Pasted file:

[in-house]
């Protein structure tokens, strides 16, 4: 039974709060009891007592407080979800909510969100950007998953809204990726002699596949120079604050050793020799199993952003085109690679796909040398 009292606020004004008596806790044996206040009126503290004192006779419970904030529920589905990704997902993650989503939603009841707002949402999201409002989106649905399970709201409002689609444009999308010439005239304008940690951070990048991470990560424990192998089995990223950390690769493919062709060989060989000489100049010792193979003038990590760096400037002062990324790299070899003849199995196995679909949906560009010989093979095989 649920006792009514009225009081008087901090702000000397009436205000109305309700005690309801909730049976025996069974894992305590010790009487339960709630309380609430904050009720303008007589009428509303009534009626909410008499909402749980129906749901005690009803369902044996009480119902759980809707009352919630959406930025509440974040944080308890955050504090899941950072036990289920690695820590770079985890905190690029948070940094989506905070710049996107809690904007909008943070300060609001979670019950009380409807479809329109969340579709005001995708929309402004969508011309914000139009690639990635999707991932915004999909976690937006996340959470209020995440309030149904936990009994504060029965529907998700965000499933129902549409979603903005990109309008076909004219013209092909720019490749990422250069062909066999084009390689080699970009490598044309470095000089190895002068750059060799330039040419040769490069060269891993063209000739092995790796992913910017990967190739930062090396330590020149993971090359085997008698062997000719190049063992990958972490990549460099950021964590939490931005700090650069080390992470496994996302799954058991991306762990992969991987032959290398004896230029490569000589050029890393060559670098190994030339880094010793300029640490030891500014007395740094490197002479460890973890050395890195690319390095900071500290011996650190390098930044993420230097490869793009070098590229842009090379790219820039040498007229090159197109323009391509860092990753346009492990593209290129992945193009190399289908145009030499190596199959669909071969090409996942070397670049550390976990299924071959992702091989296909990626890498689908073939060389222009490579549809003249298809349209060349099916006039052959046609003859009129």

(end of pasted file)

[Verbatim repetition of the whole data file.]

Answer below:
[in-house]
């Protein structure tokens, strides 16, 4: 039974709060009891007592407080979800909510969100950007998953809204990726002699596949120079604050050793020799199993952003085109690679796909040398 009292606020004004008596806790044996206040009126503290004192006779419970904030529920589905990704997902993650989503939603009841707002949402999201409002989106649905399970709201409002689609444009999308010439005239304008940690951070990048991470990560424990192998089995990223950390690769493919062709060989060989000489100049010792193979003038990590760096400037002062990324790299070899003849199995196995679909949906560009010989093979095989 649920006792009514009225009081008087901090702000000397009436205000109305309700005690309801909730049976025996069974894992305590010790009487339960709630309380609430904050009720303008007589009428509303009534009626909410008499909402749980129906749901005690009803369902044996009480119902759980809707009352919630959406930025509440974040944080308890955050504090899941950072036990289920690695820590770079985890905190690029948070940094989506905070710049996107809690904007909008943070300060609001979670019950009380409807479809329109969340579709005001995708929309402004969508011309914000139009690639990635999707991932915004999909976690937006996340959470209020995440309030149904936990009994504060029965529907998700965000499933129902549409979603903005990109309008076909004219013209092909720019490749990422250069062909066999084009390689080699970009490598044309470095000089190895002068750059060799330039040419040769490069060269891993063209000739092995790796992913910017990967190739930062090396330590020149993971090359085997008698062997000719190049063992990958972490990549460099950021964590939490931005700090650069080390992470496994996302799954058991991306762990992969991987032959290398004896230029490569000589050029890393060559670098190994030339880094010793300029640490030891500014007395740094490197002479460890973890050395890195690319390095900071500290011996650190390098930044993420230097490869793009070098590229842009090379790219820039040498007229090159197109323009391509860092990753346009492990593209290129992945193009190399289908145009030499190596199959669909071969090409996942070397670049550390976990299924071959992702091989296909990626890498689908073939060389222009490579549809003249298809349209060349099916006039052959046609003859009129």